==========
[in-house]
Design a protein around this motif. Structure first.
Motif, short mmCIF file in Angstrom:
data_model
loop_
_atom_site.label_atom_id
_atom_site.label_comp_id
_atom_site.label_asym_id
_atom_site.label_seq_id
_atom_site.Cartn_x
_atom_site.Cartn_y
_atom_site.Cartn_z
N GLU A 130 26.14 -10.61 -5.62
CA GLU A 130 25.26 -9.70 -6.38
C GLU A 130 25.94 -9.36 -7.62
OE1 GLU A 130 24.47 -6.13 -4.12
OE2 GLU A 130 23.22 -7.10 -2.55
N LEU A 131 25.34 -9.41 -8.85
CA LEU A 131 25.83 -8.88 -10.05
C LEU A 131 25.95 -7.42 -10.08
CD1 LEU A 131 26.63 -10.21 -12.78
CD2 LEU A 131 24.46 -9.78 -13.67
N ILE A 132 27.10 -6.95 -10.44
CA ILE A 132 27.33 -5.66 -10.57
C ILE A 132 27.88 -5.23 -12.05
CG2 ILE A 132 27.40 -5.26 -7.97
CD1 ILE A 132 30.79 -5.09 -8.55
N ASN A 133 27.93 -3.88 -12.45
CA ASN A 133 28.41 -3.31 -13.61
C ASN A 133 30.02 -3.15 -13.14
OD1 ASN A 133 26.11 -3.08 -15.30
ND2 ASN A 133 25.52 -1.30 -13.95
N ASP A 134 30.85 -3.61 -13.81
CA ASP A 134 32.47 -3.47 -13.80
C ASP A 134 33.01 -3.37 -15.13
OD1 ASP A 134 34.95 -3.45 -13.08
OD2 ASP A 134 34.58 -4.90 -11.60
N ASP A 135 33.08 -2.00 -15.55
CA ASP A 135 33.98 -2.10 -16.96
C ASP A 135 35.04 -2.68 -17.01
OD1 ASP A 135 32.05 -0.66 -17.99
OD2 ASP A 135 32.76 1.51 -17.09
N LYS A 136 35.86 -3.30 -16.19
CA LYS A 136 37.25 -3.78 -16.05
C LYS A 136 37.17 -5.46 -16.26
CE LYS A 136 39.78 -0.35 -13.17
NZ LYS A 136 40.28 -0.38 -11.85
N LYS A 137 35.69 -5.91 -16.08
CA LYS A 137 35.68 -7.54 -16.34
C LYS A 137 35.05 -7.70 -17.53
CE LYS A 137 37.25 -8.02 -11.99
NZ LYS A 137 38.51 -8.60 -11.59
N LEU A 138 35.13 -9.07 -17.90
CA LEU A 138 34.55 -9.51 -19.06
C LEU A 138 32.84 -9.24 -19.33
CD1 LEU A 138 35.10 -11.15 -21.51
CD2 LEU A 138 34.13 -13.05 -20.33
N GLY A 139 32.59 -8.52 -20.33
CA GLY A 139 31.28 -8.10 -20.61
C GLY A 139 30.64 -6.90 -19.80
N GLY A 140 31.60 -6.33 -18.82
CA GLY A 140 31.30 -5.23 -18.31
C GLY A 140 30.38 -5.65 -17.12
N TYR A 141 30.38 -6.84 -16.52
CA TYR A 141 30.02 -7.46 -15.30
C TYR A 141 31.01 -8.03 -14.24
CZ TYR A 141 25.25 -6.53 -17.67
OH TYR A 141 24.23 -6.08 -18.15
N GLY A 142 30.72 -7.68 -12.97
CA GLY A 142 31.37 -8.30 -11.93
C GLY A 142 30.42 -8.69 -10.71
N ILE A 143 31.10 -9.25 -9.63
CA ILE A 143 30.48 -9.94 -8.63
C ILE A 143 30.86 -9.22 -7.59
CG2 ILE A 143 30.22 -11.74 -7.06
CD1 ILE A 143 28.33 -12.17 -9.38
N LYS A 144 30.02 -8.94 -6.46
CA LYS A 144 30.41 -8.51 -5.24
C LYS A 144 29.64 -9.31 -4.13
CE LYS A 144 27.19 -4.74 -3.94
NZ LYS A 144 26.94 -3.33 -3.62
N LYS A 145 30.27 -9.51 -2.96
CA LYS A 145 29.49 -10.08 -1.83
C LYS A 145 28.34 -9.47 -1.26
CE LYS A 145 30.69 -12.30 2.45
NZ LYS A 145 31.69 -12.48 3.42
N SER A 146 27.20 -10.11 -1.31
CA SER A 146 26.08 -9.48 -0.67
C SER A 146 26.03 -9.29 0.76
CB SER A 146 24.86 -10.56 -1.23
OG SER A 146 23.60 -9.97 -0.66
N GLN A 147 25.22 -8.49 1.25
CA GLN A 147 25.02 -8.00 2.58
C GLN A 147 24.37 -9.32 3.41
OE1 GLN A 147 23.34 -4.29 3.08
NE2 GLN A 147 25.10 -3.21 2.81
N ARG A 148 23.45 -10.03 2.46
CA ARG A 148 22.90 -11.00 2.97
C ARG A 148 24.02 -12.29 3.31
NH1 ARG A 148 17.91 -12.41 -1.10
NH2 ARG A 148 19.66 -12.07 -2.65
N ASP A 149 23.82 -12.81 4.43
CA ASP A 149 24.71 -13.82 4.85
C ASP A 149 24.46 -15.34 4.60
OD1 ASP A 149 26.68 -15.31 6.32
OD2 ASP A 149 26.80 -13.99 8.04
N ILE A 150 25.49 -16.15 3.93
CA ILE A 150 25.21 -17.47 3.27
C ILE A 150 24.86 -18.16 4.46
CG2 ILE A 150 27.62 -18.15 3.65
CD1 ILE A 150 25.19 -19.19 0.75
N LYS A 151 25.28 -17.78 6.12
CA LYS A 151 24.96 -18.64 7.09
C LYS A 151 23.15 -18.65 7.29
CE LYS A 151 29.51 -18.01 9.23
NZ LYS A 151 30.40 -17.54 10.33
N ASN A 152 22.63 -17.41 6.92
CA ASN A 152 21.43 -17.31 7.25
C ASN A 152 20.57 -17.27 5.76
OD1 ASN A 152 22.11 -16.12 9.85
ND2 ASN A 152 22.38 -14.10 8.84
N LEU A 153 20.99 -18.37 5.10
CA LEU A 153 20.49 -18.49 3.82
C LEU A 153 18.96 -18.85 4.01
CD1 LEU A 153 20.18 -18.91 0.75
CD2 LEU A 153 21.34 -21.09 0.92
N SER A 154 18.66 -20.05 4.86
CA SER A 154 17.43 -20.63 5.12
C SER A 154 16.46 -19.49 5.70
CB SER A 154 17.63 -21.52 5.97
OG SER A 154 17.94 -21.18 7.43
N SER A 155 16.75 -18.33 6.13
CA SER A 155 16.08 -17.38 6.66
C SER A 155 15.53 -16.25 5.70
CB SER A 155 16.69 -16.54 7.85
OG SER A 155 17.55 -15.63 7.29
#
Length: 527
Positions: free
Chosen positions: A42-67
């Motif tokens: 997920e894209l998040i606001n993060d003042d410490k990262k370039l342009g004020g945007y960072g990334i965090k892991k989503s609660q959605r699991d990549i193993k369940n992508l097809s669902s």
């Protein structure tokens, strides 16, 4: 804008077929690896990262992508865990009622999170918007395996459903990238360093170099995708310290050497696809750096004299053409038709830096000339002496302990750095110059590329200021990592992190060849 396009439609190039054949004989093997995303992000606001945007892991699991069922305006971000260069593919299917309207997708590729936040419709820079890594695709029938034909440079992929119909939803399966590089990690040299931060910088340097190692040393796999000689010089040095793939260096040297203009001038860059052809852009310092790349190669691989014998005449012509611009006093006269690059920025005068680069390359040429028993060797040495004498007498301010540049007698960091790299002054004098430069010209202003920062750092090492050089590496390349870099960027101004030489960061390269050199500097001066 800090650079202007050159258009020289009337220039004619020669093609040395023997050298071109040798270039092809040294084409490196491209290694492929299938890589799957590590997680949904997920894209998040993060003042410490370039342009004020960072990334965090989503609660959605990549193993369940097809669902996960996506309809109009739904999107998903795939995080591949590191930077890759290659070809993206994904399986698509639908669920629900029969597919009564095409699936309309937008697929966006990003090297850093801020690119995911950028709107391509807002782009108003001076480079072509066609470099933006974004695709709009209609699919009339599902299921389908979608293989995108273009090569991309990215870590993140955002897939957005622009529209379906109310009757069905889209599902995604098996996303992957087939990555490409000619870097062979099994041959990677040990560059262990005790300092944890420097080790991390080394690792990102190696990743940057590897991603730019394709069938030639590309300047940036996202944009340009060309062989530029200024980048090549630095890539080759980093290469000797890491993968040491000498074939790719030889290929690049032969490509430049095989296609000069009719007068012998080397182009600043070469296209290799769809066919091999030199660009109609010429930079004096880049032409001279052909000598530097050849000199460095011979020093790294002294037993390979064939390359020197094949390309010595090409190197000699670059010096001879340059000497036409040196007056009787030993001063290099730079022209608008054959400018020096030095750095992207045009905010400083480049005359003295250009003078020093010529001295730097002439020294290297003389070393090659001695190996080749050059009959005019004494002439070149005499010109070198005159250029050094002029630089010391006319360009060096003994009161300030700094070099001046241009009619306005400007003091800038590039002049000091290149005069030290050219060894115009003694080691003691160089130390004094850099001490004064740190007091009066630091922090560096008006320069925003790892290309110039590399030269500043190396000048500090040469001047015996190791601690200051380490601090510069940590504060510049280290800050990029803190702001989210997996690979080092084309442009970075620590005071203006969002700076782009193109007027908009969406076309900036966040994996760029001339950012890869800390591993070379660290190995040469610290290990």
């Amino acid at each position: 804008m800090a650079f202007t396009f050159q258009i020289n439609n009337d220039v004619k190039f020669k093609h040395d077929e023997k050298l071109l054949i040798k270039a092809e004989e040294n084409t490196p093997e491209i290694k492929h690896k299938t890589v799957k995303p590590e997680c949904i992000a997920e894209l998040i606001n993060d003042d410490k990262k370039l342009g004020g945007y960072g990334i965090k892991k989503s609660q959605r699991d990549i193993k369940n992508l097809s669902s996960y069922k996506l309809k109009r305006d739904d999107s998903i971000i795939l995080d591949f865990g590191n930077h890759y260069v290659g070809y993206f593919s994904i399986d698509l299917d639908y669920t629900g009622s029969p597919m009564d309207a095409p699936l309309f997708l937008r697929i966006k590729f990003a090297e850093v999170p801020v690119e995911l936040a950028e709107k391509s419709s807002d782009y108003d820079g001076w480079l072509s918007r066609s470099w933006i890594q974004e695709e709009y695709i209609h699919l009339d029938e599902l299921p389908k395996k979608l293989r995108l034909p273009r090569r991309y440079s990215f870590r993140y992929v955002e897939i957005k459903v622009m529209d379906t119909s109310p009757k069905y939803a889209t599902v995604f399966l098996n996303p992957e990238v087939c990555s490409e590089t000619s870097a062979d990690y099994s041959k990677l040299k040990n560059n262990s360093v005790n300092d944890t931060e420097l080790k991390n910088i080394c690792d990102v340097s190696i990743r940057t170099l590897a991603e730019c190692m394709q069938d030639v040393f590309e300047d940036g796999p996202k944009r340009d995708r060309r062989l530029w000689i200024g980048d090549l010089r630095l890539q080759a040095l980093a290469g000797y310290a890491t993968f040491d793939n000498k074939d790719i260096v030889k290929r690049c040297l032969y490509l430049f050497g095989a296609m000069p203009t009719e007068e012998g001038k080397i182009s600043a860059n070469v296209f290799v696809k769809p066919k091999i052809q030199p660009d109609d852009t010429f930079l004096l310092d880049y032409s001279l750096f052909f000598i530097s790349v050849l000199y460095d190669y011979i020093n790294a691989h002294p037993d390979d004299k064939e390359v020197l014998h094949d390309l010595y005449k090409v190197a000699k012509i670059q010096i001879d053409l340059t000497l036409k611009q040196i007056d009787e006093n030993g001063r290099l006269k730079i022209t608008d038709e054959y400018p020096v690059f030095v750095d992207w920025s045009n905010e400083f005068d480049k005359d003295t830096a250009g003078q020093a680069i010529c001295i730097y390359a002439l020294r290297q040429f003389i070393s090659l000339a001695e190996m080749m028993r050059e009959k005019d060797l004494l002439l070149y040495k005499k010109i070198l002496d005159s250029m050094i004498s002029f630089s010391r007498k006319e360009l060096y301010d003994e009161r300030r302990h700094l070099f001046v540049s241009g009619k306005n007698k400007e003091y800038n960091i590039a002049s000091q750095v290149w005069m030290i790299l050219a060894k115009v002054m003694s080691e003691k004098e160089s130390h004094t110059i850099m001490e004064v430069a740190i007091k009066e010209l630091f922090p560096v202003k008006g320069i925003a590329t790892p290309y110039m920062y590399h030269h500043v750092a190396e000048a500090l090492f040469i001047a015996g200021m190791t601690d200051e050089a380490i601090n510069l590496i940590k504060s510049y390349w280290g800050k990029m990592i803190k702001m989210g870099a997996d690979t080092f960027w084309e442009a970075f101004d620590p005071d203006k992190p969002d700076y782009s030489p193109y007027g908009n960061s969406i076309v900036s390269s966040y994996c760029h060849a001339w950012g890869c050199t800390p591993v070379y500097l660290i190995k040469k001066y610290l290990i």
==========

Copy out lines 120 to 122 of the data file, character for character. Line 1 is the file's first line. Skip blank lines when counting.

OD1 ASN A 152 22.11 -16.12 9.85
ND2 ASN A 152 22.38 -14.10 8.84
N LEU A 153 20.99 -18.37 5.10